3,152,744 473,979 1,266,281 4,893,004 1850.. 2,715,320 456,851

90,361 3,262,532 1849..

2,109,095 152,590 122,582 2,384,267 The following comparison will show the relative shipments of the different articles of produce comprised in the above statement for the first two periods named, and will be found very interesting in this connection. We have conpiled it from official entries expressly for the readers of the Magazine :EXPORTS OF CERTAIN ARTICLES OF DOMESTIC PRODUCE FROM NEW YORK, TO FOREIGN PORTS, FROM JANUARY 1, TO FEBRUARY 22.

1851. 1852 Ashes-Pot....

.bbls.
3,953

1,298 Pearl..

775

77 Beeswax...

... lbs. 57,051 43,141 Breadstuff's Wheat flour.

..bbls. 80,660 69,667 Rye flour.

153

337 Corn meal

4,126

3,734 Wheat

.bushels 52,664 121,810 Rye...

3,003 548

919 Corn.

47,029 68,267 Candles-Mould.

..boxes

5,913

7,826 Sperm....

213

190 Coal

tons 410

3,885

Oats...

Lard.....

..

1851. 1852. Cotton

.bales 39,147 66,255 Hops...

202 Naval Stores.

..bbls. 30,403 70,130 Oil-Whale.

.gallons 118,033

7,731 Sperm

89,978 13,023 Lard..

97,381 13,980 Linseed

2,373 ProvisionsPork

.bbls.
4,322

6,816 Beef...

3,958

4,514 Cut meats..

.lbs. 682,594 628,408 Butter...

231,144 80,512 Cheese.

1,035,325 311,269

260,744 240,628 Rice..

tcs.
5,967

7,417 Tallow

. lbs.

790,856 237,522 Tobacco-Crude...

.pkgs. 3,182

2,680 Manufactured

lbs. 402,927 283,500 Whalebone....

75,823 36,528 It will be seen from the above that the decline since January 1st, in the exports of flour from New York, has been fully made up by the increase in wheat. In corn there has also been an increase, and most other articles of domestic produce exhibit a favorable comparison. In our last we gave a similar statement for the year 1851, and we propose to continue it throughout the current year as a matter of growing interest to our readers. Our predictions of a decline in the imports, in the face of the estimates of the Secretary of the Treasury, anticipating a continuance of the large amounts received last year, have been fully verified. The imports at New York for January as given above, show a falling off of about $3,500,000, and the decline in February will swell this difference to nearly, or quite $6,000,000. This decline at the port where two-thirds of all the imports of the country are received, is a fair index of the business of the whole, and shows that our foreign commerce will regulate itself without those restraints, which those who think their will stronger than the laws of demand and supply, would impose. Supposing the same comparative difference to have extended to other parts, and the decline throughout the United States in two months would equal $8,000,000, or at the rate of about $50,000,000 for the year. This is a reduction of nearly 25 per cent on our entire imports; but this ratio of decrease is not likely to continue throughout the year.

The news brought by the Cambria of a decline of id. per ounce in the price paid by the Bank of England for American gold coin, has had a tendency to check the shipments of specie, and to increase the relative value of exchange. The reason given for the decline is the increased quantity of alloy said to be detected by assay, but the truth of this theory is very doubtful.

The price now paid is £3 16s. 14d. which will make a difference of nearly in the net return of shipments as compared with bills of exchange.

JOURNAL OF BANKING, CURRENCY, AND FINANCE.

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RESOURCES, TAXATION, ETC., OF PENNSYLVANIA. STATEMENT SHOWING THE VALUATION OF REAL AND PERSONAL ESTATE IN THE SEVERAL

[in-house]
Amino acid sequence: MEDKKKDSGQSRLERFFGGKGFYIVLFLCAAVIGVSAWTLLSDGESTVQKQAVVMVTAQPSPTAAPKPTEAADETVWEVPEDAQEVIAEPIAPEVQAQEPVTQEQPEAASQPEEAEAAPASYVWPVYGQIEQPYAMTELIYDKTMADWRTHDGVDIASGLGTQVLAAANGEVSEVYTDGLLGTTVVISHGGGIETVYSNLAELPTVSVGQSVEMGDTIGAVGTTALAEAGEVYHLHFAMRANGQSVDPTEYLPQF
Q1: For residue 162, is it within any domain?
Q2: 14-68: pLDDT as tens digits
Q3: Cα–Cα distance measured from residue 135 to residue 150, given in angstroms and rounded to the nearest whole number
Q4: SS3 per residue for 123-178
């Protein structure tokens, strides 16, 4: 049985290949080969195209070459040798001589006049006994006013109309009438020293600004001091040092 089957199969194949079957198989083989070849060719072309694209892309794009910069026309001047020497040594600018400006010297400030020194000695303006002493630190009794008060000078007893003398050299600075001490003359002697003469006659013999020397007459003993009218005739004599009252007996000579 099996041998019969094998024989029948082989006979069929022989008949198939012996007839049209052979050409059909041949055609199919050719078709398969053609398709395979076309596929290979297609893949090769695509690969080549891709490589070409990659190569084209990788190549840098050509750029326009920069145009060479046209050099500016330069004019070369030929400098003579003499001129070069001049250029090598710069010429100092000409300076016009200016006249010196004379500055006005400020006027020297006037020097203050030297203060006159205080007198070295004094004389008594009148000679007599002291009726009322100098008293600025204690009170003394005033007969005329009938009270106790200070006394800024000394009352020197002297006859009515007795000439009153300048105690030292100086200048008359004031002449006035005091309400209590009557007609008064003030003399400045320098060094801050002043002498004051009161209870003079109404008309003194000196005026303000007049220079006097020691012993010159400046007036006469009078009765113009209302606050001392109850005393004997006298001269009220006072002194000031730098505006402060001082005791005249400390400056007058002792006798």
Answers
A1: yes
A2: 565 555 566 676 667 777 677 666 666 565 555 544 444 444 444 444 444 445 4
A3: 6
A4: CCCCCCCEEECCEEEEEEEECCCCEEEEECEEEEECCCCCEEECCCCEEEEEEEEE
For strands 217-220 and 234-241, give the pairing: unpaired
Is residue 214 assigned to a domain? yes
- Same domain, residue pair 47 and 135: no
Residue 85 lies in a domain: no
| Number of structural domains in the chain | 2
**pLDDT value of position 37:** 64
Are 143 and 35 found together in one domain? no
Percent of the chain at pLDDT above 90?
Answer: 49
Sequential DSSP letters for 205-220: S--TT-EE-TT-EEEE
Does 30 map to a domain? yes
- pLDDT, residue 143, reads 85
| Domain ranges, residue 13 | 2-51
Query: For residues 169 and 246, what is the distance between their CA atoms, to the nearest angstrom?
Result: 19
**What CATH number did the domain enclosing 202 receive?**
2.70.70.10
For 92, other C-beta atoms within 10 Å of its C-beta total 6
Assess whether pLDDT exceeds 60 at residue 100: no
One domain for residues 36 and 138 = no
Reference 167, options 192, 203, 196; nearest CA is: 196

COUNTIES OF THE COMMONWEALTH, TAXABLE FOR STATE PURPOSES, ASD TUE ASSESS-
MENT OF TAX TIEREON FOR THE YEAR 1851, AS FIXED BY THE REVENUE COMMIS-
SIONERS AT THEIR LAST TRIENNIAL MEETING—ALSO, THE POPULATION OF EACH COUNTY,
ACCORDING TO THE CENSUS OF 1850, AND THE TAXABLE INHABITANTS THEREIN, FOR
THE SAME YEAR.

Assessment
Counties.

Valuation.

of tax. Population. Taxables. Adams

$4,673,224 $14,372 25.981 5,761 Allegheny

24,008,220 74,785 138,290 25,067

2,071,330 6,690 29,560 6,002 Beaver

3,609,585 11,072 26,689 5,727 Bedford..

2,207,904 6,736 23,052 4,545 Berks

22,536,613 68,720 77,129 15,949 Blair. 4,042,564 12,554 21,777

4.556 Bradford.

3,564,791 10,883 42.831 8,763 Bucks.

16,9 10,832 51,746 56.091 13,151 Butler.

2,620.125 8,051 30,346 7,490 Cambria.

1,063,185 3,450 17,773 3,642 Carbon

2,057,999 6,685 15.686 3,742 Center..

5,043,876 15,620 23,355 4,945 Chester.

21,899,132 66,966 66,439 14,784 Clarion

1,633,882 6,019 23.565 5,087 Clearfield

1,115,792 3,38+ 12,586 2,672 Clinton..

1,837,669 5,854 11,207 2,346 Columbia

4,883,477 15,050 17,710 6,670 Crawford..

2,984,162 9,142 37,819 8,130 Cumberland.

10,595,808 32,843 34.327 7,658 Dauphin.

9,781,493 30,577 35,754 7,683 Delaware..

8,578,363 26,441 24,679 5,253 Elk..

393,830

1,201
3,531

876 Erie..

3,848,526 11,966 38,742 8,434 Fayette..

5,248,920 16,161 39,112 7,888 Forest. Franklin

11,939,842 36,867 39,904 9,312 Fulton ..

710,205 2,179 7,567 1,716 Greene..

2,882,862 8,918 22,136 4,447 Huntingdon

5,403,633 16,664 24,786 5,637

2,534.692 7,788 27,170 5,540 Jefferson.

980,958 3,003 13,518 2,629

2,709.392 8,253 13,029 3,112 Lancaster...

30,6 15,081 94,293 98,944 23,240 Lawrence.

2,804,064 8,659 21,079 4,425 Lebanon.

7,87(0,054 23,993 26,071 5,949 Lehigh 8,489,166 26,225 32,479

17,286 Luzerne

5,176,352 15,827 56,072 11,027 Lycoming.

3,575,326 11,096 26,257 6,141 McKean

639,404

1,636

6,254 1.213 Mercer

3,446,214 10,563 33,172 7,729 Mifflin..

4,153,775 12,745 14,980 3,252 Monroe ..

1,566,116 4,832 13,270 3,052 Montgomery

16,649,664 50,983 58,291 13,422 Moptour.

13,239 Northampton

13,708,659 42,362 40,235 9,285 Northumberland

4,434,205 13,895 23,272 4,613 Perry

3.057,500 9,375 20.088 4,456 Philadelphia.

136,589,627 432,331 408,762 79,259 Pike

670,403 2,079 6,881 1,198

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Indiana....

Juniata ..